Ecce Animal Dimension 12 x 18 x 22 cm Compression molded Cocaine (street sourced) and Gelatin. Commissioned piece
Ecce Animal - The laboratory In order to prepare and analyze the purity of the accumulated ‘street’ Cocaine, I contacted pharmacists at a renowned laboratory. Below is a brief summary of the testing procedures and the lab results.
We started with the presumptive SCOTT test (Cobalt(II) Thiocyanate). This was performed by dissolving Cobalt(II) Thiocyanate in a mixture of distilled water and glycerin and adding a bit of powder from the sample. The resulting solution turned blue when the powder was added. This test confirmed the presence of Cocaine. Having now proven the presence of Cocaine, The SCOTT test was followed up by High Performance Liquid Chromatography analysis (HPLC), the goal of which is to ascertain the purity level of the sample. HPLC analysis is a confirmatory test and is a separation technique commonly used in forensic drug analysis. The analysis is mainly used for the ease of sample preparation, best reproducibility and effectiveness. The goal of HPLC analysis is to isolate and identify components and compare these with known standard (benchmark) solutions.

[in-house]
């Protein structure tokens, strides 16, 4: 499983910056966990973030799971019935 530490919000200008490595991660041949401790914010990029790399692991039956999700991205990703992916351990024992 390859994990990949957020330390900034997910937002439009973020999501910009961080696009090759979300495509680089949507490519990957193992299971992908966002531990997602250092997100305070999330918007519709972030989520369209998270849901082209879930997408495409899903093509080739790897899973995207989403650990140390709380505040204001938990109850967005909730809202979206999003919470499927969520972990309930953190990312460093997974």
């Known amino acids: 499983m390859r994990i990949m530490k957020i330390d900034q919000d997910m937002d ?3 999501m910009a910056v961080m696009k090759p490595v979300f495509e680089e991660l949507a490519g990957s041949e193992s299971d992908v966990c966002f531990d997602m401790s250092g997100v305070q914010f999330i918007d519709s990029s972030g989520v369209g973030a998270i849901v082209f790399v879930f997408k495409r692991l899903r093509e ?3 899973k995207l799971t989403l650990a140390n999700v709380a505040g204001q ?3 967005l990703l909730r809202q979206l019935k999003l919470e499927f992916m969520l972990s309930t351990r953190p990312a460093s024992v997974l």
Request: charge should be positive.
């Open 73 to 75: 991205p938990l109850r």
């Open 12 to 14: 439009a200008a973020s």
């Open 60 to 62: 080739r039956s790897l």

The analysis started with the preparation of the 100% Cocaine standard and sample solution. An amount of standard was dissolved in a mobile phase followed by a series of trial runs to calibrate and identify the HPLC method that gave adequate separation of the standard. After several trail runs the preferred mobile phase consisted of 20% Acetonitrile, 80% water and contained 0,1% Trifluoroacetic Acid (TFA).
After calibration the sample solution was ready to be analyzed. A small volume of the sample solution was injected into the stream of mobile phase and percolated through the column of the HPLC system. The sample moves through the column at different velocities, a function of its specific physical interaction with the sorbent. The velocity of each component depends on its molecular weight, the nature of the stationary phase and the composition of the mobile phase. The time at which a specific analyte elutes is the retention time. The retention time measured under particular conditions is considered an identifying characteristic of the analyte. By comparing the retention times of the standard and the sample in the resulting Chromatograph you will identify the compound.
The retention time of our sample matched the Cocaine standard, albeit with a much smaller peak. This is because the sample is diluted with so-called ‘cutting agents’. The purity of the Cocaine in percentage lies in the range of approximately 15% to 20%. Further constituent components identified included Phenacetin, Caffeine, Paracetamol and a relative large percentage of sugars, most probably Mannitol or Inositol.